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Erin Jamieson

Not the One We Gave Her

The Besud’s house is nestled in the sprawling urban spread of upstate Boston, a pleasant if modest townhouse, medium brick, light blue shutters, a rather ostentatious canary yellow door, wide French-style windows that flood the kitchen and front hall with the light of a mild April afternoon. The street is surprisingly quiet, a nook from the chaos of the city, functional charcoal streetlamps lining broken sidewalks.

    It is a thoroughly American home—one which still feels foreign to Yisu and his wife, Gerel. Only their daughter, who has never lived in Mongolia, has ever adjusted to living here. Inside a cluttered kitchen, Gerel sits at the kitchen table, cupping steaming milk tea, her dark hair swept in a careless bun, skin unlined though she is almost fifty. She is dressed like an American: jeans and a cream colored blouse from Target, large-rimmed sunglasses.

    Yisu enters through the front door, perspiring heavily from mowing what passes as a lawn. He is wearing a muted deel and loose trousers, accentuating his knobby limbs and lanky frame. His cheeks are leathery and caked with soil.


Yisu (approaching kitchen table): Did I hear the phone ring?

Gerel (sipping tea): Yes.

Yisu (pulling up a chair beside her): Who was it?

Gerel: Christine.

Yisu: Why do you insist on calling her that?

Gerel (glances at him): It’s her name.

Yisu: Not the one we gave her.

Gerel: It’s her name.

Yisu: What did she want?

Gerel: Why do you always assume she wants something? (shakes her head as she scans his clothes) You should change. You’re going to track mud all over the floors.

Yisu (brushing off some soil with his hand): It’s been a long time since she called. What did she say?

Gerel (taking another long sip): Blood tests came back.

Yisu: Blood tests?

Gerel: Yes.

Yisu: I didn’t think, well, I thought you said she wasn’t going to get any done.

Gerel: Guess she changed her mind.

Yisu: Oh. What type of tea is that?

Gerel: Chamomile. You’re afraid to ask, aren’t you.

Yisu: This American tea is tasteless. Like water.

Gerel: You’ve got to stop talking that way. We’ve been here too long to keep talking like that.

Yisu: What I wouldn’t do for some strong airag.

Gerel: Quit changing the subject. You don’t want to know, do you?

Yisu: I didn’t say that.

Gerel: Didn’t have to.


Silence, except for noises they have become accustomed to. The dripping from the leaking faucet Yisu promised to fix two months before. A car door slamming. A basset hound letting out a soft moan. Gerel stands, pushes her chair into the table.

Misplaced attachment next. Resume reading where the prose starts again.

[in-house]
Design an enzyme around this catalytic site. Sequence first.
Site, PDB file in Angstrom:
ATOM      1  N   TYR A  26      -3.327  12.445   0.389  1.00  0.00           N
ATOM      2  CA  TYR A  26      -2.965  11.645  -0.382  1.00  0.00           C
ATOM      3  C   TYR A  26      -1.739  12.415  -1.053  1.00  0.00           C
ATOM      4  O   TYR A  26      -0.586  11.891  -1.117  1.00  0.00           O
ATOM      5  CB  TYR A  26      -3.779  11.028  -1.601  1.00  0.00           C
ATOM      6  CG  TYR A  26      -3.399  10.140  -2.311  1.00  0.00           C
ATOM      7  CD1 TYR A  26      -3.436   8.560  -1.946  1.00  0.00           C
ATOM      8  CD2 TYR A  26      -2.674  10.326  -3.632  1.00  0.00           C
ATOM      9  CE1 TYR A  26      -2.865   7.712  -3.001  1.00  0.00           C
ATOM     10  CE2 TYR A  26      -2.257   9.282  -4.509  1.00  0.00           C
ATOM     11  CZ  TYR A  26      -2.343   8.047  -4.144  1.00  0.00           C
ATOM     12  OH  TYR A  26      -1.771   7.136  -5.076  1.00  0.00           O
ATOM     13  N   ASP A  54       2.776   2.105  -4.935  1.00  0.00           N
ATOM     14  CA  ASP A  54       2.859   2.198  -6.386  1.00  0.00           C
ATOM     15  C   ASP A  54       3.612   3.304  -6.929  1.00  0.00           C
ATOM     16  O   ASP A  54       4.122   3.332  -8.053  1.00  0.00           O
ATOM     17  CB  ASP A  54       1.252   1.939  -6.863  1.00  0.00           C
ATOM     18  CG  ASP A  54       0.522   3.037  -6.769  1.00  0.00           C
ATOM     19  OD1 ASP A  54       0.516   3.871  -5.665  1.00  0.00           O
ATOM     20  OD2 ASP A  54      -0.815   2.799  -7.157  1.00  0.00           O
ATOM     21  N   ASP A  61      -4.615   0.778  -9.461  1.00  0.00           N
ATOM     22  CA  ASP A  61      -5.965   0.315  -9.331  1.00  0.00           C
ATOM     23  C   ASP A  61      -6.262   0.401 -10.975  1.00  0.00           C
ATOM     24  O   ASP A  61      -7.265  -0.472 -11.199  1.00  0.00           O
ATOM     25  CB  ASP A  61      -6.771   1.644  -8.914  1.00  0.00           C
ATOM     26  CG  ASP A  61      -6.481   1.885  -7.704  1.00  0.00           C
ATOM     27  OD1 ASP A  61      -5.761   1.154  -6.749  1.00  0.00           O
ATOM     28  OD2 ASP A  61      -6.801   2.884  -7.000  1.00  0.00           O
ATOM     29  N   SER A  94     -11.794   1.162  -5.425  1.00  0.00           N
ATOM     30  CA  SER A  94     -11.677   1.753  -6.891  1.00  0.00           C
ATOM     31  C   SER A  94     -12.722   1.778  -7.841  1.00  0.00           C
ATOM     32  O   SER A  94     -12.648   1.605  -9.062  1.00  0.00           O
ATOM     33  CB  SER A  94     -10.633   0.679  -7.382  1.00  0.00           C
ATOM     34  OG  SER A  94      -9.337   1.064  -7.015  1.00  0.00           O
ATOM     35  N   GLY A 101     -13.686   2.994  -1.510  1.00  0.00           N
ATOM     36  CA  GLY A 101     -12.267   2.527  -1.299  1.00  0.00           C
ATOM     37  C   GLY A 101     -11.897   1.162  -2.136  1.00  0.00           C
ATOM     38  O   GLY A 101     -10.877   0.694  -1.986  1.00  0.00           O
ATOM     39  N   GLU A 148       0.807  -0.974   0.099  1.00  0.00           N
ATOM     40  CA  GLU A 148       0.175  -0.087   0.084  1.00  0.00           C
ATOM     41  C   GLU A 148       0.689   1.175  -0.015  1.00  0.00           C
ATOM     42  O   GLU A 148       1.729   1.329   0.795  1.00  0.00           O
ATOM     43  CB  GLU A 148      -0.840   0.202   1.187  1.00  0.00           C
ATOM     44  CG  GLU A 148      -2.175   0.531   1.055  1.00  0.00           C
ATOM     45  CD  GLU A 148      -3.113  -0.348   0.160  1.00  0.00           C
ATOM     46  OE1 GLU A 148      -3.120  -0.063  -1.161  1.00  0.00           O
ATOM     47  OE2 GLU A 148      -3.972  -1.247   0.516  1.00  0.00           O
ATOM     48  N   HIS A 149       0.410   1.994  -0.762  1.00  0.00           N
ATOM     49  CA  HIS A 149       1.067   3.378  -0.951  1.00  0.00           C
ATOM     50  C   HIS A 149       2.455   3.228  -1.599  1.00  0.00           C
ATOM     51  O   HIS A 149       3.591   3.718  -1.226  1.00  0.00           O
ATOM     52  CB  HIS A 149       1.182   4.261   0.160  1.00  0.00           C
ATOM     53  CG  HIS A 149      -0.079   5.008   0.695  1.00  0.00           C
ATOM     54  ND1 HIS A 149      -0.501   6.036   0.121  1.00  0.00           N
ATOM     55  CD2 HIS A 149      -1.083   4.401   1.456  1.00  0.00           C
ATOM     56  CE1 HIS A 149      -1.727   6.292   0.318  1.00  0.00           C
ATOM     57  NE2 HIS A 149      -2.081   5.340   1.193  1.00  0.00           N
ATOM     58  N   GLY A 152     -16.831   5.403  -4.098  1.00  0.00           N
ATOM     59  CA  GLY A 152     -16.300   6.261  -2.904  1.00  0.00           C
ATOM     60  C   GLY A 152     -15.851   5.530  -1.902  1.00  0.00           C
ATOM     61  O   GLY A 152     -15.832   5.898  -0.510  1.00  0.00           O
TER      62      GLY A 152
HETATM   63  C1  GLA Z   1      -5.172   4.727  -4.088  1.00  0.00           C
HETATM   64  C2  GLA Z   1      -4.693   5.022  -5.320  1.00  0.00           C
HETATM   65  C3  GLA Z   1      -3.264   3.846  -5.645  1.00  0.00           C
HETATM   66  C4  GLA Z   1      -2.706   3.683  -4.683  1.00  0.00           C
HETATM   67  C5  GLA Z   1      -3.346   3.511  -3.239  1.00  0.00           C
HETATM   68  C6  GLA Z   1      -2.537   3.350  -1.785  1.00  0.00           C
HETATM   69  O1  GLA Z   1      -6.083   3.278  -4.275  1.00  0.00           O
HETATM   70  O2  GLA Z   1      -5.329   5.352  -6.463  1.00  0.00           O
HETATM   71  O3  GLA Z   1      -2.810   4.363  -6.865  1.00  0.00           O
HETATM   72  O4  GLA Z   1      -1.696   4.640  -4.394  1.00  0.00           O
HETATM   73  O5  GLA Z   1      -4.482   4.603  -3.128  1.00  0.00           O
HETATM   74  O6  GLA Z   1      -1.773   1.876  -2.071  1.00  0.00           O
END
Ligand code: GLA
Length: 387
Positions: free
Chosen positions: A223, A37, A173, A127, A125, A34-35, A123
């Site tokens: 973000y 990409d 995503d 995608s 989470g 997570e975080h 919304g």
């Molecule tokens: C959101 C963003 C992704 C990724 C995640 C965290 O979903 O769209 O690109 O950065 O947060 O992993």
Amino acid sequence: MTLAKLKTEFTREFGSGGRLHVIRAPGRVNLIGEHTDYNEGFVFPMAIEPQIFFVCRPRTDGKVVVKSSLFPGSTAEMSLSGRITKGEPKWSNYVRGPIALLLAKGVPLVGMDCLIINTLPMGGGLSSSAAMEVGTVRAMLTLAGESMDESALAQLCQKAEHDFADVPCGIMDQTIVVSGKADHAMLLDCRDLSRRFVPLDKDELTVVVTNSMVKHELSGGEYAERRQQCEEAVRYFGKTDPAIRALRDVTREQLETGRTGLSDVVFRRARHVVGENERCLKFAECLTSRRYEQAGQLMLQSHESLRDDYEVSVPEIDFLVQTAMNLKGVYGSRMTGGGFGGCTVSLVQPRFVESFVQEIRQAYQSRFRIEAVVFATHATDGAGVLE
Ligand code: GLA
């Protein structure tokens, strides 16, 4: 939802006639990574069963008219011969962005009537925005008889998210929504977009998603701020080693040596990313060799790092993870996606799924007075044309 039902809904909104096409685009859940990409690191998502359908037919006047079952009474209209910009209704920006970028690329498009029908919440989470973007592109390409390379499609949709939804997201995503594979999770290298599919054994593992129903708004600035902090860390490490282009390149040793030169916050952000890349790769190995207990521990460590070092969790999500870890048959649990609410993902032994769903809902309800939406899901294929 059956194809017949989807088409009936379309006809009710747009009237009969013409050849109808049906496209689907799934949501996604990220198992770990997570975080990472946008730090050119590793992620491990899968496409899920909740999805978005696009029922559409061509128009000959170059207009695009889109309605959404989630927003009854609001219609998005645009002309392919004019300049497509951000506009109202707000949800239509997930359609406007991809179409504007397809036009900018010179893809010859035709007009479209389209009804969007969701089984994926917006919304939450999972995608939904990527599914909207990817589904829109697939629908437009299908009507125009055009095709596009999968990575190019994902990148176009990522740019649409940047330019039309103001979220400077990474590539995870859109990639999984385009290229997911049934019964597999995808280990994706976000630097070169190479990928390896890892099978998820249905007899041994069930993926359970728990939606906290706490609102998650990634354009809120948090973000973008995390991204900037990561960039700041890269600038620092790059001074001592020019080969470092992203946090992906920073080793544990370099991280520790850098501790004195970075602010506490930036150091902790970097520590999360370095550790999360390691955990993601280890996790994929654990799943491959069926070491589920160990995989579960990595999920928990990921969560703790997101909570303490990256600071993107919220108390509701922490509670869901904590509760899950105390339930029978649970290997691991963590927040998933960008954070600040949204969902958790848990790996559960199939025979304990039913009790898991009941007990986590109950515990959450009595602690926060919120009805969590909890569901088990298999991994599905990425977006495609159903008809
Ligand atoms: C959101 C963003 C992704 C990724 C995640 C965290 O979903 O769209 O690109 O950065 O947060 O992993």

Yisu: Where are you going?

Gerel walks over to the sink, setting the cup down with a resounding clatter. She rinses her hands under cool water, reaches for a paper towel. Yisu watches as she throws the paper towel in the wastebasket.


Gerel: Don’t look at me like that. I’m allowed to buy paper towels. Everyone else does.

Yisu: What were the results?

Gerel: Why don’t you ask her?

Yisu: She won’t talk to me. You know that.

Gerel: Not my fault.

Yisu: Just tell me.


Gerel reaches in the high cabinet, pulls out a multivitamin and pops it into her mouth. She takes a calcium supplement and a B Vitamin and a fish oil tablet. Yisu bites his lip.


Yisu: Please.

Gerel (still rummaging in the cabinets, back to her husband): Positive.

Yisu: Positive?

Gerel: That’s what I said.


Sunlight filters in through the window above the sink, bathing Gerel in a buttery light, highlighting the stray strands of silver in her thick hair. Yisu reaches for a skillet, the pasty body of a buuz dumpling seared on the side, the dishes beside it still smelling heavily of roasted mutton. He scrubs for a minute unsuccessfully.


Gerel: I’m going to the store.

Yisu: Now?


Gerel reaches in the fridge for a carton of milk, expired as usual, because Yisu refuses to help her drink it. She drinks from the carton’s mouth, the soured liquid dripping on her blouse.


Gerel: We need groceries. (gathers her car keys) You should call her.


Yisu leans over the sink after his wife leaves. He throws the rest of the paper towels away, reaches for the phone and starts to dial but he cannot remember the number and sets the phone back down.


Erin Jamieson received an MFA in Creative Writing from Miami University of Ohio. Her writing has been published or is forthcoming in After the Pause, Into the Void, Flash Frontier, Mount Analogue, Blue River, The Airgonaut, Evansville Review, Canary, Shelia-Na-Gig, and Foliate Oak Literary, among others.

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